Published On: Fri, Jul 15th, 2016

International Expansion: Taking your Business Global

As global barriers are constantly being broken down through technology and travel, today’s world seems smaller than ever. And as both businesses and workers increasingly look overseas for their next opportunity, the challenges posed by international borders need to be tackled head-on.

At CV-Library, we’ve taken the first steps towards becoming a truly international brand with the launch of our sister site, Resume-Library, and with this in mind, I’d like to share my advice for other entrepreneurs who are ready to break down global barriers and take their business to the international stage. Our first venture into international business relations hasn’t come without its own unique set of challenges, and there have certainly been lessons to be learnt.

The main issue that most entrepreneurs will face when aiming for global expansion is a misguided belief that creating a carbon copy of their UK business is enough for it be a success anywhere else in the world. You need to smart and honest about your current business model, and determine how this could impact on your international growth. Here’s what else you need to know.

Examine your history

Launching a successful company doesn’t happen without a few bumps in the road along the way, and looking back at your journey, highlighting any mistakes along the way, and determining a new plan of action to help you avoid making them again is crucial. For example, if I look back at CV-Library’s launch, I do regret the specialist programming language we used to build the website. So, when it came to building the site for Resume-Library, we started from scratch and worked with a more commonly-used language.

Don’t underestimate the culture differences

For many (myself included), America is a natural choice when it comes to expanding outside of the UK, primarily down to the lack of language barriers. But there’s a big difference between speaking the same language, and understanding cultural nuances; researching and understanding the market won’t make a bit of difference if you’re unaware of the cultural disparities. Building up a reputable brand overseas requires due diligence in this area; there’s no other option.

Use what you’ve got

If you’re looking at overseas expansion, it’s probably safe to assume that your UK business is thriving, and that in itself is no mean feat. Use this knowledge and experience to help support your international growth; harness the power of your team, and share it across borders. Having proven experience of launching a brand on your home soil will hugely help with consequent expansion abroad. For example, one of our first steps when launching in the US was to speak with our partners who already have a presence there, to ensure we maximised the tools and networks that we already had available to us.

Understand the differences

Just because something’s the norm in the UK, doesn’t mean it will function the same way elsewhere. Check the obstacles that you could be up against, and have a look at what already exists and works in the market that you’re looking to break into. If there are issues which already exist (for example, while many UK job hunters use job sites, many US candidates have had negative experiences, resulting in a bigger challenge for us to overcome), then look at how you can tackle these and use them to your advantage. If there are already big players in your market, look at how they’re perceived; if they’re leaving a bad taste in the mouths of their clients, this could be your chance to offer something new and innovative.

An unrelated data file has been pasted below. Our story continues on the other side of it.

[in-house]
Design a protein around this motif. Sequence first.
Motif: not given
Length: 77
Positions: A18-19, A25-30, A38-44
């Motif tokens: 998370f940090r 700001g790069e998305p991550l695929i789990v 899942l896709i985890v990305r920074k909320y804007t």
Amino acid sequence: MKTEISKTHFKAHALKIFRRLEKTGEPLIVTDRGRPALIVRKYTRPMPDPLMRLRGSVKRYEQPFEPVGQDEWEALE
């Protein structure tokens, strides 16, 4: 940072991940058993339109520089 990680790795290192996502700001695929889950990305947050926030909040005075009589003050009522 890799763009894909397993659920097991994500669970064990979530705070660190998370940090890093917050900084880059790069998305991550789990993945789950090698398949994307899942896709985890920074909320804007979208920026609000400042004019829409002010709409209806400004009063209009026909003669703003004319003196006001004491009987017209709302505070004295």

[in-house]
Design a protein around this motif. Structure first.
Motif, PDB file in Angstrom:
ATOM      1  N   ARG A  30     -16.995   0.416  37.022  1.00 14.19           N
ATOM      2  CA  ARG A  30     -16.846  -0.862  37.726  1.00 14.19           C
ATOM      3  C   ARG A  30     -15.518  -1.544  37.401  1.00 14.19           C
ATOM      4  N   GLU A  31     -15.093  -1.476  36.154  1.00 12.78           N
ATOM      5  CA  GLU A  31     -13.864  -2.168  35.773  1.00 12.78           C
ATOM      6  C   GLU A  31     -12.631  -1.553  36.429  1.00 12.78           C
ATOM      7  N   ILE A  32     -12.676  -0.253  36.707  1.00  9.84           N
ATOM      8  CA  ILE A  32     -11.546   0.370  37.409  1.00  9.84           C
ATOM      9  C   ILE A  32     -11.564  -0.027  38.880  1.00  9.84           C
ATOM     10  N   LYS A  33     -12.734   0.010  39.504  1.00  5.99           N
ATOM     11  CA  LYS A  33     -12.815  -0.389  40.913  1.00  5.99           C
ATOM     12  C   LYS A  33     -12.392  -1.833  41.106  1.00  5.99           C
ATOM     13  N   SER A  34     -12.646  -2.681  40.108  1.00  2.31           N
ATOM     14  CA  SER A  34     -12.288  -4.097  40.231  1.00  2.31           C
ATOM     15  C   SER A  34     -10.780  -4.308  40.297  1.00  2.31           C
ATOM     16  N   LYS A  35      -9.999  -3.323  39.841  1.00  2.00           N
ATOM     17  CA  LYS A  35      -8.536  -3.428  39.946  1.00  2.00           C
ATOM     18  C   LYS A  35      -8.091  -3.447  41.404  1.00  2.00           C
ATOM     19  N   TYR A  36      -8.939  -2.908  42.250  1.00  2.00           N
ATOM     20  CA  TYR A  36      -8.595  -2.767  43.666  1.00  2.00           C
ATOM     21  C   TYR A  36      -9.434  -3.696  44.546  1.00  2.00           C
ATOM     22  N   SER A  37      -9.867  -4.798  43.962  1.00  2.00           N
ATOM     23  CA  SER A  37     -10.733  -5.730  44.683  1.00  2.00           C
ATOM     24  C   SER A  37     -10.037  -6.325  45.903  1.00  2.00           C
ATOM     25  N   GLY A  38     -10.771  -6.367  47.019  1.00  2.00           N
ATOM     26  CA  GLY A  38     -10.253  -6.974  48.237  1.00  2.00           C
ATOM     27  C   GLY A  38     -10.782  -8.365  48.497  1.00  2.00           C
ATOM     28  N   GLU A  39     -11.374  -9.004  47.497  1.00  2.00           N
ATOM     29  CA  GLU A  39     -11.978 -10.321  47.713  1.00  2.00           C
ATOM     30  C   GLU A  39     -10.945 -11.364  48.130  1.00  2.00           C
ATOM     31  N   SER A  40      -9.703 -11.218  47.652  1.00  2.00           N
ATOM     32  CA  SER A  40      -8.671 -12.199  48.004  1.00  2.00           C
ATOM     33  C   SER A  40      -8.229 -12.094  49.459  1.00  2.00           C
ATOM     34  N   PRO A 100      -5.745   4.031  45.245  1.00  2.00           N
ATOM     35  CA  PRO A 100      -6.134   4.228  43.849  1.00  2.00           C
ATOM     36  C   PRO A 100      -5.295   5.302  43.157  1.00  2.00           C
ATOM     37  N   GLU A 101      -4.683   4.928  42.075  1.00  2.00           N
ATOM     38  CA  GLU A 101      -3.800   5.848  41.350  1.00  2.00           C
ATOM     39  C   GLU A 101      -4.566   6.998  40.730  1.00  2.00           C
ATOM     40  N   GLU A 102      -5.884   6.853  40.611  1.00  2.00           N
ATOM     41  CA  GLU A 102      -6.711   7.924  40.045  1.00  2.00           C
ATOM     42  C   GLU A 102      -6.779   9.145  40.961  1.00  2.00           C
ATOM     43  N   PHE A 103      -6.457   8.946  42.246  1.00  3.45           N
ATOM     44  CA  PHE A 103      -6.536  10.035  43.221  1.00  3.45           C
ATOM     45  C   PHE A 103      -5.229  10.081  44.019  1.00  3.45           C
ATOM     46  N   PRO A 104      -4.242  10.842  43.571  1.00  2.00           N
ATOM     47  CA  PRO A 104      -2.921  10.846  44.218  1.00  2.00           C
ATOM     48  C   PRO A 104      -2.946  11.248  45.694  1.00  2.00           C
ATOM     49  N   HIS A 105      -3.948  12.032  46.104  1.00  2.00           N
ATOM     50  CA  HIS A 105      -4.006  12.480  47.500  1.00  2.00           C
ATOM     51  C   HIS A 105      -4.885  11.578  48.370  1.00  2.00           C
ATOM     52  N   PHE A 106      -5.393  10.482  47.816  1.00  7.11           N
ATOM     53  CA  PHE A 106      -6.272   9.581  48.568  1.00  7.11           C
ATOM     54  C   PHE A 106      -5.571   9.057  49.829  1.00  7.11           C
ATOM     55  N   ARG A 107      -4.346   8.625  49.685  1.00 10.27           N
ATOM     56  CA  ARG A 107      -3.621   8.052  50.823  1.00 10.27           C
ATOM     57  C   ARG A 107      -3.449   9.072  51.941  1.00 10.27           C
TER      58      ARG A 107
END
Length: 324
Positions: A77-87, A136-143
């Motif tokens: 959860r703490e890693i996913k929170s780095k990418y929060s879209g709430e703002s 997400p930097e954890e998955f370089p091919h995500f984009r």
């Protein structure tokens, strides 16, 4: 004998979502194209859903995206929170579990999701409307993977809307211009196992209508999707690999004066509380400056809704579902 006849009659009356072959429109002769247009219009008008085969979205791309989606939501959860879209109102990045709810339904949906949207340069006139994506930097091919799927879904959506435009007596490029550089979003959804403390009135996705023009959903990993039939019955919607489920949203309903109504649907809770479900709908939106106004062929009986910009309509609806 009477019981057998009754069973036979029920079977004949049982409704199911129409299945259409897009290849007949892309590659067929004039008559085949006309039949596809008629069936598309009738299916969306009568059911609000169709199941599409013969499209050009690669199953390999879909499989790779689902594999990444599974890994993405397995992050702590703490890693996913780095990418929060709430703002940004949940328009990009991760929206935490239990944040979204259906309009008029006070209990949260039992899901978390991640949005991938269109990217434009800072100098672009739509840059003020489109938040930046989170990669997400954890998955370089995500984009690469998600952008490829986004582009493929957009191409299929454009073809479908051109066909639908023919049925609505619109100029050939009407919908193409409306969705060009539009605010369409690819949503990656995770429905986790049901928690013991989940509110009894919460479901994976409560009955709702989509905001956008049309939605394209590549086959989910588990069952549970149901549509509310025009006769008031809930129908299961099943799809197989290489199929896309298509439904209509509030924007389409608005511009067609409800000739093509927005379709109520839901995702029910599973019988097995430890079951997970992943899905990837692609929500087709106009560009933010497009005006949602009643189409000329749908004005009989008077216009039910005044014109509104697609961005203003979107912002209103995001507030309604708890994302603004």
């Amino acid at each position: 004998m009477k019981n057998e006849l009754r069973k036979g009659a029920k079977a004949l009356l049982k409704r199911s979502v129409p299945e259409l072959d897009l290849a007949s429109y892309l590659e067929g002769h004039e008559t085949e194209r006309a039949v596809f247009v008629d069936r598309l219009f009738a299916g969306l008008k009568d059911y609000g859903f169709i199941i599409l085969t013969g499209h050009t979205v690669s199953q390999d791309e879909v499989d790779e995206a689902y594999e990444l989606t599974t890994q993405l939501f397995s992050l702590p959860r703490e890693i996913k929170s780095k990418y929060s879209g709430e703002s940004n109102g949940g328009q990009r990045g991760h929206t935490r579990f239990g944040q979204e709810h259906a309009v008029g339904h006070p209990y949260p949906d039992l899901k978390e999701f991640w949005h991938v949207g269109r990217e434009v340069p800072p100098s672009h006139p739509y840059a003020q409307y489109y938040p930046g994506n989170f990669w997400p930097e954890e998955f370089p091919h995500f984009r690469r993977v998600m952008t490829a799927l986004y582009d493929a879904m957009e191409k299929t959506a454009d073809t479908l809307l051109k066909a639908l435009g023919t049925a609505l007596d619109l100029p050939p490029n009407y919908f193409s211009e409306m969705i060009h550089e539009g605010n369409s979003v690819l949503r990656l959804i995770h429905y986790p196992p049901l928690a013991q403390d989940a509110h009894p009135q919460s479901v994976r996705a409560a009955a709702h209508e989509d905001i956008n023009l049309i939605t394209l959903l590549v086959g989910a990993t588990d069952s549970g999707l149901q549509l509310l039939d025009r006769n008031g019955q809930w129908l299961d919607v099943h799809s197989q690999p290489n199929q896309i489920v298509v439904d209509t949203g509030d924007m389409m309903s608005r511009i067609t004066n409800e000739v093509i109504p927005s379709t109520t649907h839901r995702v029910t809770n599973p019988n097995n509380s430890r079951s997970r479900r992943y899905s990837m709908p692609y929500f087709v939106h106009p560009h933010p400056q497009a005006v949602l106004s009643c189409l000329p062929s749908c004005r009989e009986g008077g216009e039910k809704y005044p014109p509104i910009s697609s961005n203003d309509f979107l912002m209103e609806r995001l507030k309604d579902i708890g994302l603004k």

Start with the details

While it might sound simplistic, make sure you start with the minor details. If you’re expanding to another English speaking country, there’s going to be more than just spelling changes to consider. You’ll have to factor in a completely new tone of voice, different meanings for common words, and, if you are looking at cracking the US market, there’s another big one; a whole other language. If the States is on your agenda, make sure you have some Spanish speakers to hand, be clear about the time zone you’re working within, and ensure you’ve got the general linguistics down. They’re small details, but if you overlook them, it could result in disaster.

Every part of the UK (countries, counties, and even towns!) has its own unique characteristics, so you can only image the discrepancies which could appear across a larger country, such as the US or Australia. Immersing yourself in the culture will be key, and you should consider bringing in experts to help you adapt your existing practices for an international market.

Finally, if you’re a business leader looking to take the next step and expand, it’s important that your current business is in a strong position You’ll have to be prepared to let go of some of the control, so investing in a trusted senior management team is essential. There’s no getting away from the fact that you’ll have to step back from the day to day details for a while, so you should ensure that you’re confident your team can run the business in your absence. While preparing for and navigating international expansion can be a tricky process, it’s an exciting one, and it should more than pay off in the end if approached correctly.

 

About the Author

M.Smithson@cv-library.co.uk'

Leave a comment

XHTML: You can use these html tags: <a href="" title=""> <abbr title=""> <acronym title=""> <b> <blockquote cite=""> <cite> <code> <del datetime=""> <em> <i> <q cite=""> <s> <strike> <strong>

9-5
9-5
Pin It